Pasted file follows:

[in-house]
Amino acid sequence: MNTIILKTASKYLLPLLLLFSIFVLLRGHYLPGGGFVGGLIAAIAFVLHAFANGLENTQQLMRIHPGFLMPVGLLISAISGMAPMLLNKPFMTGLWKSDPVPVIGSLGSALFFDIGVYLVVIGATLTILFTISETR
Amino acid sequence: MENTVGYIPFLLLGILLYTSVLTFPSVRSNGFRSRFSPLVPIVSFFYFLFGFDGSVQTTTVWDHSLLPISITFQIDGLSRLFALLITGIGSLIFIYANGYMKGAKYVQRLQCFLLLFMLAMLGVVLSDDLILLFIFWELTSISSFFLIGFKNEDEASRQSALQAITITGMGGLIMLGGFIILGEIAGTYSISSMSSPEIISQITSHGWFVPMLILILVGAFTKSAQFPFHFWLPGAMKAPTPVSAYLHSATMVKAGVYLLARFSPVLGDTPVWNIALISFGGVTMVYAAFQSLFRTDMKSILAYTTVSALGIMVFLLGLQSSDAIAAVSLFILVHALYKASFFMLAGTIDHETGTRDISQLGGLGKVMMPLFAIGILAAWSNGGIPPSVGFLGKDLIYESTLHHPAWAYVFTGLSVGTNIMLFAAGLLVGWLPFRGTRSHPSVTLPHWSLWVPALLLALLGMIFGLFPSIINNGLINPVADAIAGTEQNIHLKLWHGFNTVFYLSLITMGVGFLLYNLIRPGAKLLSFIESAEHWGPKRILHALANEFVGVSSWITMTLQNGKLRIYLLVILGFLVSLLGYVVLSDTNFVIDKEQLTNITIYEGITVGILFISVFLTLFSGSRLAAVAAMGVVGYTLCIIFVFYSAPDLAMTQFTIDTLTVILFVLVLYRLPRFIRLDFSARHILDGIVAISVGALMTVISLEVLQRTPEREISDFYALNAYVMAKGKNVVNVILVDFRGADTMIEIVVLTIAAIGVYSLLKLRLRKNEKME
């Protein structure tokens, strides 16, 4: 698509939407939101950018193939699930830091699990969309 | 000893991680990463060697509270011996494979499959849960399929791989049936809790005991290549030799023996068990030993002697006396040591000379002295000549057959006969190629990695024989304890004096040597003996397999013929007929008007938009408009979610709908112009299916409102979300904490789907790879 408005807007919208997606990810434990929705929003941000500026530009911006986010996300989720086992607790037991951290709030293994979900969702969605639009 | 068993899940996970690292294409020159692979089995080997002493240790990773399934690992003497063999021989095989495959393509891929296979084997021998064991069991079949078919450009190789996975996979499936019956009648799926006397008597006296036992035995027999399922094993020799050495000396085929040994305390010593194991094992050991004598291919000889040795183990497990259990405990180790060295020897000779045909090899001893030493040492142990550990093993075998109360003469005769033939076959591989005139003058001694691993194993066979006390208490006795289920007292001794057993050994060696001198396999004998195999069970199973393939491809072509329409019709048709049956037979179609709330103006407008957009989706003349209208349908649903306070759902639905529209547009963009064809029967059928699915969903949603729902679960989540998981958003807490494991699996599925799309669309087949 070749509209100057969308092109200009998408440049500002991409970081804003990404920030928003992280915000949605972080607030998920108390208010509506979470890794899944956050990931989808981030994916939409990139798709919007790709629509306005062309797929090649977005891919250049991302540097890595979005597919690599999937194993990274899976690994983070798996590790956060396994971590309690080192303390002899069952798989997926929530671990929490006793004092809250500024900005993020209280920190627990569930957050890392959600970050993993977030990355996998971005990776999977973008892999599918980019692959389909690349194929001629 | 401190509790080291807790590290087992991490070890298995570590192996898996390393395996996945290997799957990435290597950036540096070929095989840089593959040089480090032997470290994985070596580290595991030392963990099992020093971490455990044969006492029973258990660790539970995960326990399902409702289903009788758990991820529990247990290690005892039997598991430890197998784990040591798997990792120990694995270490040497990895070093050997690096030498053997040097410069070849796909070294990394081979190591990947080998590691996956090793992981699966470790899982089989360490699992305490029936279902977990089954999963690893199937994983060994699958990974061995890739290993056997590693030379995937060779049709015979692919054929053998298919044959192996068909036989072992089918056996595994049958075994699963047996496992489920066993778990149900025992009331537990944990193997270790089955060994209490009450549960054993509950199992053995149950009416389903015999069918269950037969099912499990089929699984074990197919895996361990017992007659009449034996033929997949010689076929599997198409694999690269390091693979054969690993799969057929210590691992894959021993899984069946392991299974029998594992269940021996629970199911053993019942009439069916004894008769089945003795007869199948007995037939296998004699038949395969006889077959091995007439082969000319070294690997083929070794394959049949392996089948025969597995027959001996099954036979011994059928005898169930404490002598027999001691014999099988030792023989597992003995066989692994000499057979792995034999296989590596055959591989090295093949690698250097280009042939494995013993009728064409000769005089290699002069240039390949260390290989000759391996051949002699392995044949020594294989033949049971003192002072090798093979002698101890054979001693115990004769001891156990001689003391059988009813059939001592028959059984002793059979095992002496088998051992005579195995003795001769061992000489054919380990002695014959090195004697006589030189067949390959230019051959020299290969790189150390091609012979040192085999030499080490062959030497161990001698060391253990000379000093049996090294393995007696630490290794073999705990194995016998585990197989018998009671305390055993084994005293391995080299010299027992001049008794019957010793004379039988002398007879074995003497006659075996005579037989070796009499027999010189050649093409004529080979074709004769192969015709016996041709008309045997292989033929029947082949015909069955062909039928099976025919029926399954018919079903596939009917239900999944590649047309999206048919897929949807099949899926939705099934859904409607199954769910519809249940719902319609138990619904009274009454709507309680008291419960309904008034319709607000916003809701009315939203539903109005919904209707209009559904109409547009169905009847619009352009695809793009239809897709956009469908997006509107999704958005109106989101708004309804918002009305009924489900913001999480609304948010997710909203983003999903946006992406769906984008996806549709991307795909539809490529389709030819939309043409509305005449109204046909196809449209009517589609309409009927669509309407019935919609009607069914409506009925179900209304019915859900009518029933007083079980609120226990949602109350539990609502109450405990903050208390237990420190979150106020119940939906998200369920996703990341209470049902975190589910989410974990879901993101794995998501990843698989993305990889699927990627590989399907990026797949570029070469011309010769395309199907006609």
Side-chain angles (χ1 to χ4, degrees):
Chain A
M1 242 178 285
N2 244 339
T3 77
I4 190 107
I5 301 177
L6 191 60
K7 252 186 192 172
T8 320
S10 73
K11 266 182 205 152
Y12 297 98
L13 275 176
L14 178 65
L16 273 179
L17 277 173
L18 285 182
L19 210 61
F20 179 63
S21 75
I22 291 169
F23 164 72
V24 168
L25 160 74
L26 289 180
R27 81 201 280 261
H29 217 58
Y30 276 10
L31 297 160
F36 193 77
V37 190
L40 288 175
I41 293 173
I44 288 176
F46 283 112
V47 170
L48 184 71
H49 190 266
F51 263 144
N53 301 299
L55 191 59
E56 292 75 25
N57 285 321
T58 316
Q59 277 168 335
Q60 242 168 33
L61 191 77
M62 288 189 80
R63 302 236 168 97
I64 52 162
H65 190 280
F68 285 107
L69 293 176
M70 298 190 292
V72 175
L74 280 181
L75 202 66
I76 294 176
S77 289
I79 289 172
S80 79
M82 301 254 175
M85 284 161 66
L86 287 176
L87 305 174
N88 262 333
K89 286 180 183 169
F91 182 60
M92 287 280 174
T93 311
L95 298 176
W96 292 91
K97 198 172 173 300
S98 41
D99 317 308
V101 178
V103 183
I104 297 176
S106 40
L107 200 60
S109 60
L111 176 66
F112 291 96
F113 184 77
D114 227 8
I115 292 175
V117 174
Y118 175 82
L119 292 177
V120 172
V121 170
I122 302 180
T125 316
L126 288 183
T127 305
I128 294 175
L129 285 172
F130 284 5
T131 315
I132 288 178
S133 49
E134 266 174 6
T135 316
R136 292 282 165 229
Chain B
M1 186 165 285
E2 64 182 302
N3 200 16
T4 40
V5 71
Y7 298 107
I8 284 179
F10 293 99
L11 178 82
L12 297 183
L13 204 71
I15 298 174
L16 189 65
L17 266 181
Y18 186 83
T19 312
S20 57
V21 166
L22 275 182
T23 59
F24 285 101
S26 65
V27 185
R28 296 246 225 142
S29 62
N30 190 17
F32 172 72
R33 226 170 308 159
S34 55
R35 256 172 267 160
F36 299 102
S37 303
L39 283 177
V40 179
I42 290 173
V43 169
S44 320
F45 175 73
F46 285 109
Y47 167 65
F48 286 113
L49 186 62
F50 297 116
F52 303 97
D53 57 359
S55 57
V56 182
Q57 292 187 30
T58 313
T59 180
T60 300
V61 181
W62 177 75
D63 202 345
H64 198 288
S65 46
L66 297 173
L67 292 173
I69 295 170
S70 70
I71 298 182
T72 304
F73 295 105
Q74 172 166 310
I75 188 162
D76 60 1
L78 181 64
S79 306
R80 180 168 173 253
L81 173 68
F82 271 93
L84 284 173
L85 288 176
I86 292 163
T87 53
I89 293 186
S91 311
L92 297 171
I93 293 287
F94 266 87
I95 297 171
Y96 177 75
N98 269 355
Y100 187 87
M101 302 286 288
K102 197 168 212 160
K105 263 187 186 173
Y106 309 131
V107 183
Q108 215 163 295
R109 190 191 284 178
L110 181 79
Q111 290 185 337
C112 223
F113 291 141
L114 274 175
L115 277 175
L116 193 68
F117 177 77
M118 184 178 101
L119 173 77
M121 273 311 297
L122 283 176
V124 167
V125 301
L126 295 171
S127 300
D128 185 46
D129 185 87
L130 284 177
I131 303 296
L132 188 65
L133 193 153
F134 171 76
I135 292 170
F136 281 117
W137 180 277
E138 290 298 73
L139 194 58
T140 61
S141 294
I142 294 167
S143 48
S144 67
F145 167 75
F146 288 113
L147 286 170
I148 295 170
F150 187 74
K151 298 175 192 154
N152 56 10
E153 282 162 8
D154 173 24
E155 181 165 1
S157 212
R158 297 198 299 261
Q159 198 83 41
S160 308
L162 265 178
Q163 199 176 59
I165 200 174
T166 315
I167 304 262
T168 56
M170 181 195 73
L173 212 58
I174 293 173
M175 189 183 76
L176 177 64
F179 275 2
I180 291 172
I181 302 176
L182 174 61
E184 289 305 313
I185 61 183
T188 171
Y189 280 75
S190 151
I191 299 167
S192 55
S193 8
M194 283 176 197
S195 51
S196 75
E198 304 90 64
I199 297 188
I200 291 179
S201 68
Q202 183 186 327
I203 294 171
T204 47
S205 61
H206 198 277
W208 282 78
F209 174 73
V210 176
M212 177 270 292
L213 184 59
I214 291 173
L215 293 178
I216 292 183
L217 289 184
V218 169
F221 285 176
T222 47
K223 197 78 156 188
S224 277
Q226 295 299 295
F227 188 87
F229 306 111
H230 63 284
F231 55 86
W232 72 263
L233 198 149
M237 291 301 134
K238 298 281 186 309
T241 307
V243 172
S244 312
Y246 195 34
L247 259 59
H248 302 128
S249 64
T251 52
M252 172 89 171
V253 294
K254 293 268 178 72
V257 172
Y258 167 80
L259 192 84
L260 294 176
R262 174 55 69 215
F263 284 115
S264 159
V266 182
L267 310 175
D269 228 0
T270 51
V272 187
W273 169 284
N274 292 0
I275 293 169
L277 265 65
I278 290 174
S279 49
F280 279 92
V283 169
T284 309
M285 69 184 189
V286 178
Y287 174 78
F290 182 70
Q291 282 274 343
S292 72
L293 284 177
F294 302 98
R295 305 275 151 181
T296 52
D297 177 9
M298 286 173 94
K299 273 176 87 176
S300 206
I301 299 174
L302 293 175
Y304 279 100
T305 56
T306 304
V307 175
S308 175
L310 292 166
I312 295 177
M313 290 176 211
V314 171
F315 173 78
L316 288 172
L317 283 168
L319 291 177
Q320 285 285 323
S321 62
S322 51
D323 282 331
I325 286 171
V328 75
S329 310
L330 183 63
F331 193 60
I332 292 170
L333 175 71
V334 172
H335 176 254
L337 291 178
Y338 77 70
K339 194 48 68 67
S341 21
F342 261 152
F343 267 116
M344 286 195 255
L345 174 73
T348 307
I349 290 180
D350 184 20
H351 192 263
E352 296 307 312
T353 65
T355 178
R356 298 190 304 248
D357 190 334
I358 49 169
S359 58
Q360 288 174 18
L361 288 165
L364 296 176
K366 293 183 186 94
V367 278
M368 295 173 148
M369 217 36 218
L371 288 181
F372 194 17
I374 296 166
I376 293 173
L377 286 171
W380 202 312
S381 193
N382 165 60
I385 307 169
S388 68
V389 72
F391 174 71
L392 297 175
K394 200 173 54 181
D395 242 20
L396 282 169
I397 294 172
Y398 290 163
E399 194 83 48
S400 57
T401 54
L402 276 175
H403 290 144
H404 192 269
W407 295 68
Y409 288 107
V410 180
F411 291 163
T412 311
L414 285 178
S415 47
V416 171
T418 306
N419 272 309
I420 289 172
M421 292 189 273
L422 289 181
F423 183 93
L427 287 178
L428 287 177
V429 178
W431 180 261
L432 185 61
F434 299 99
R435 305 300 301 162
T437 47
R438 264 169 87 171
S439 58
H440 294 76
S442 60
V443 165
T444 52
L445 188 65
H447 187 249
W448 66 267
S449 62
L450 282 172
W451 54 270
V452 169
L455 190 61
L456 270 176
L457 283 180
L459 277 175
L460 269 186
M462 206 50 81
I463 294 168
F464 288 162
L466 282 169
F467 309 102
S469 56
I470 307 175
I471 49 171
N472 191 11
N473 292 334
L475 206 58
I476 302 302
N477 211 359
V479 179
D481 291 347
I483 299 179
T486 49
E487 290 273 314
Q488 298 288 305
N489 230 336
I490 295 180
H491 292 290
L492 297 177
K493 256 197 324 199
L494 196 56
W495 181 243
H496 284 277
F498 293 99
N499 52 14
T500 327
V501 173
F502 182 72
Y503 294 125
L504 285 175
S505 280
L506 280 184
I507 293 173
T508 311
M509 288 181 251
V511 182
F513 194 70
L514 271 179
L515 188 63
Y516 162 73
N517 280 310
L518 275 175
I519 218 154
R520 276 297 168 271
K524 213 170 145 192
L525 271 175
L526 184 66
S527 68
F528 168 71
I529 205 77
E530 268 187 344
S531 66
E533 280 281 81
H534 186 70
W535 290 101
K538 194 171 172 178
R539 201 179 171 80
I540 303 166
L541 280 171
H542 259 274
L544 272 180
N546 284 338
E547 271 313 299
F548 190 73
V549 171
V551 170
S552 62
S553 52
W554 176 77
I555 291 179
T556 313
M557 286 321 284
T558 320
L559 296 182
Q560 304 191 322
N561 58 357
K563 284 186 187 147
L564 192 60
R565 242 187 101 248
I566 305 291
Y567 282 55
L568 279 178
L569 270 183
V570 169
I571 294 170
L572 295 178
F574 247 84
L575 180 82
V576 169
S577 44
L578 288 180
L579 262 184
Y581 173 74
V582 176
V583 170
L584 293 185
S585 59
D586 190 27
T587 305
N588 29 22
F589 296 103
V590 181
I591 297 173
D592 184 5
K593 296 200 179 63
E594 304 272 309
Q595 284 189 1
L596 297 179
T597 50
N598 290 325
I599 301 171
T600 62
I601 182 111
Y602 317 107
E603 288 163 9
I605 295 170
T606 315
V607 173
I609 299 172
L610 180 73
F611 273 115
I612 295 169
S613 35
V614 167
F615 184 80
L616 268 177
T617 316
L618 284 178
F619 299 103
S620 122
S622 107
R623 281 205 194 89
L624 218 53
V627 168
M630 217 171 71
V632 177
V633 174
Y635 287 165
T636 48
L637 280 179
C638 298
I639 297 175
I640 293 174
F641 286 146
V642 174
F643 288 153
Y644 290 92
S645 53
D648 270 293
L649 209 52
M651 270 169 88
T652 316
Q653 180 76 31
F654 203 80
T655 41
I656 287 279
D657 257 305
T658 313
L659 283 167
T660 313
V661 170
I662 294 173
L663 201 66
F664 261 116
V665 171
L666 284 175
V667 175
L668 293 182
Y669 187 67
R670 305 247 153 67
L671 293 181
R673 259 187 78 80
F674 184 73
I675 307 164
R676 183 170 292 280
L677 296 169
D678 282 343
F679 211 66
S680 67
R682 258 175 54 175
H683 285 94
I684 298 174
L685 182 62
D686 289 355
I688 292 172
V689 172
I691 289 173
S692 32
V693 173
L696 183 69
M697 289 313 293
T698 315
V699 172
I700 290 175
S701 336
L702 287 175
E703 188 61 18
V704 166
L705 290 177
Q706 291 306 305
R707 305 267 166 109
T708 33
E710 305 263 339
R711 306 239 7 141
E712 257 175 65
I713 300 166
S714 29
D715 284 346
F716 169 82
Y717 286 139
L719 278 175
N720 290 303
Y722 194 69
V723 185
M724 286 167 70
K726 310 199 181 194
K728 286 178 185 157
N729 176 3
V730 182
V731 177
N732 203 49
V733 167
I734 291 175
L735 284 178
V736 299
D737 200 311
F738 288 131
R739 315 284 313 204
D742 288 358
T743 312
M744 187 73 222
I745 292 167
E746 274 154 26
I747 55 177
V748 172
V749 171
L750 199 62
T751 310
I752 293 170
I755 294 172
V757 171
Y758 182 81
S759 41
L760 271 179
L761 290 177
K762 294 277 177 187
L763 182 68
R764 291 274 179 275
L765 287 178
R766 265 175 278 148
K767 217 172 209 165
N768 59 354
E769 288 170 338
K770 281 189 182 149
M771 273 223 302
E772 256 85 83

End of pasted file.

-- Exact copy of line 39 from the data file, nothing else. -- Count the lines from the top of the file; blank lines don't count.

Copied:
I44 288 176